We headed off from Gove on November the 4th with a great weather forecast. Light to variable easterly winds. We had three days to get there before the weather window would inevitable shut. Two Yachts; Moonlight Shadow, Maverick Dream and one power boat Sunbird left the day before us and had a rough first day. We were glad we waited as we had 5 knots of NE breezes with a 1.5m swell. All was good and we easily got into the rhythm and settled in to our passage making routine. We were in company with Badar, Rampager and Yampi and talking on the radio seeing how everyone was going. The other three boats were up in front and having problems and we were catching them up.
Our second day was amazing as the Gulf waters were like glass. Rampager was our constant companion as we traveled around the same speed and it was good to look out and see a friend. As we got closer to the other Yachts we could hear the dramas that were unfolding ahead.
There are two types of people on the water, people who are self-sufficient and competent and those that are totally reliant on others and are incompetent. Everyone can have breakdowns, and make mistakes but it’s how you handle these problems that separate the two groups. The latter are a real danger to themselves and others and should not be on the water.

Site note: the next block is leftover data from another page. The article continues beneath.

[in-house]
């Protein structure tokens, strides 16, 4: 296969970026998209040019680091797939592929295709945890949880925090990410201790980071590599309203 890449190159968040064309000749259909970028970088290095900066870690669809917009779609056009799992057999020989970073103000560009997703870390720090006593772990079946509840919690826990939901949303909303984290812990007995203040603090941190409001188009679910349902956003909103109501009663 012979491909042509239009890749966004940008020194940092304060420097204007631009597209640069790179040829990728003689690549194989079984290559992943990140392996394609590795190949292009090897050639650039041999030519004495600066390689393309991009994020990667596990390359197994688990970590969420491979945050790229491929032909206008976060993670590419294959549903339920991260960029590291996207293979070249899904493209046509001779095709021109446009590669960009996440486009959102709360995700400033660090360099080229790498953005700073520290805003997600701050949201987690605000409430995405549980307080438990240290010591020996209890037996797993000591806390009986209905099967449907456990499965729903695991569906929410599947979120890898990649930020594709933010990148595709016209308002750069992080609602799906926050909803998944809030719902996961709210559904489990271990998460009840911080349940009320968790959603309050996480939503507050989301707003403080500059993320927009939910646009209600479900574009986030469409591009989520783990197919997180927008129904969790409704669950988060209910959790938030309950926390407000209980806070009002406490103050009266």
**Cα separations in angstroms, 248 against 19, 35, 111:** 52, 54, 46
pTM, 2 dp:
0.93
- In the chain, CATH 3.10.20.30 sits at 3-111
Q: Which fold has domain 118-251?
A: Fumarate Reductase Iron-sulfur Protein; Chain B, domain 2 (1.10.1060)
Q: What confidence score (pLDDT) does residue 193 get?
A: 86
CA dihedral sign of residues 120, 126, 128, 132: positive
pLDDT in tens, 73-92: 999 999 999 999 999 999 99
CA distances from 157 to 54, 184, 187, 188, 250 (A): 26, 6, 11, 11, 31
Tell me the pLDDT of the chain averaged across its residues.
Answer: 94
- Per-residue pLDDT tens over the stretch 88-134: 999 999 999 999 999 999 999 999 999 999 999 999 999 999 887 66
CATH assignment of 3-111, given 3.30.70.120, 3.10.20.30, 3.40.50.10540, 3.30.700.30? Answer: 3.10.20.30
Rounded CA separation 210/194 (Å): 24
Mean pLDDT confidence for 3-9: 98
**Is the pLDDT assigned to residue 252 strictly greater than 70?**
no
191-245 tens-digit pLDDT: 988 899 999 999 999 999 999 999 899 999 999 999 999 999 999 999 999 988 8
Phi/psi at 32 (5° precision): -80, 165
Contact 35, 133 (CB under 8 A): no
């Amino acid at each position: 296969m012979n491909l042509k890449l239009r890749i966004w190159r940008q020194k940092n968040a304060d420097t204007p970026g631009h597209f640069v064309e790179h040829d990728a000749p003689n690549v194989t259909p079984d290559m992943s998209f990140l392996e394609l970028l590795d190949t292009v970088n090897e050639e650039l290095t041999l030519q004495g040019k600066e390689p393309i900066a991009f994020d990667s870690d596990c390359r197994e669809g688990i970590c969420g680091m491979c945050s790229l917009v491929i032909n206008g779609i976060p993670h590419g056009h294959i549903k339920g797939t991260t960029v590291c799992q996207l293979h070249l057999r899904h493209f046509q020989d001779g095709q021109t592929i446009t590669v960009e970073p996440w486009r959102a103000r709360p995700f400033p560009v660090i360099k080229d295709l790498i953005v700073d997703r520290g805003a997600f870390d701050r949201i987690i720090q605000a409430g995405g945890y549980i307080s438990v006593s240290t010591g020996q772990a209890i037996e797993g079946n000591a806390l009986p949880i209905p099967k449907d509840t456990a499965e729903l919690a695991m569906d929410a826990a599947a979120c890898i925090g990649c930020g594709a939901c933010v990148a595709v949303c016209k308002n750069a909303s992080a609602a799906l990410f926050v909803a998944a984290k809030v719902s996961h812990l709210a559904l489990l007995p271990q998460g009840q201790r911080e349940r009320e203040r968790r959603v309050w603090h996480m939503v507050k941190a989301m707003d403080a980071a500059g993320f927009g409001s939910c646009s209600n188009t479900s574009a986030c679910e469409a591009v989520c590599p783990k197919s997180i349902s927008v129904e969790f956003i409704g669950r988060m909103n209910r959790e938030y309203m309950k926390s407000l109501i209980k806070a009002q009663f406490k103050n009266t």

This crossing sorted the two groups out and I’ll just say that Mike from Sunbird put his family and others in danger. 12 hours out of Gove, Mike checked his fuel and found that he was missing he said 500 litres of fuel which he said was stolen from his boat. How? We had fuel on the decks in convenient jerry cans, as did other yachts and we never had any go missing. Sunbird Rule no 1 – don’t take responsibility for yourself blame others. So he kept steaming along with still ¾ of the journey to go. Why he didn’t turn back to Groote Island is a mystery although his arrogance would suggest that he would have thought someone would help him out. He eventually ran out of fuel which even the unseaworthiest (my word) of people know that it is the biggest no no of all. When he did run out of fuel, instead of calling for help, he decided to bob around the ocean for 12 hours and wait for the other two yachts to catch up and give him a hand. Jim and Garry asked him what he’d tried to do to help himself. Nothing. So the boys went onto his boat and siphoned fuel from his four fuel tanks and put it into one. Sunbird Rule no 2 – don’t help yourself, wait for someone to come along to help. So they get on their way but he then gets a rope caught around his prop! He calls us up as were only 2 hours away and asks Tony, back to rule 2, to come and unhook the rope for him. Tony refused and said he didn’t feel comfortable getting in the water, “there’s no crocs” is his lame reply. Tony didn’t want to give him the satisfaction of us helping him even though we were on our way. He said OK and then proceeded to tell us that he had poor Ruth and Garry under the boat getting it off. Garry later told us that Ruth told him to get in the water and get it off…and he did! They borrowed fuel from all who could spare it. We couldn’t as we didn’t want to leave ourselves in danger if the weather went bad. We passed them mid afternoon and continued on our way a little more hastily as not to get caught with the next Sunbird drama. I have to tell you Sunbird Rule no3 – don’t go out of your way to say thanks with a cold beer or a meal, just use and abuse, till everyone hides and doesn’t answer their radios or phones. I will add in this that Ruth and her girls are the victims in his sagas and I really like Ruth, she has a good heart, just not a good husband.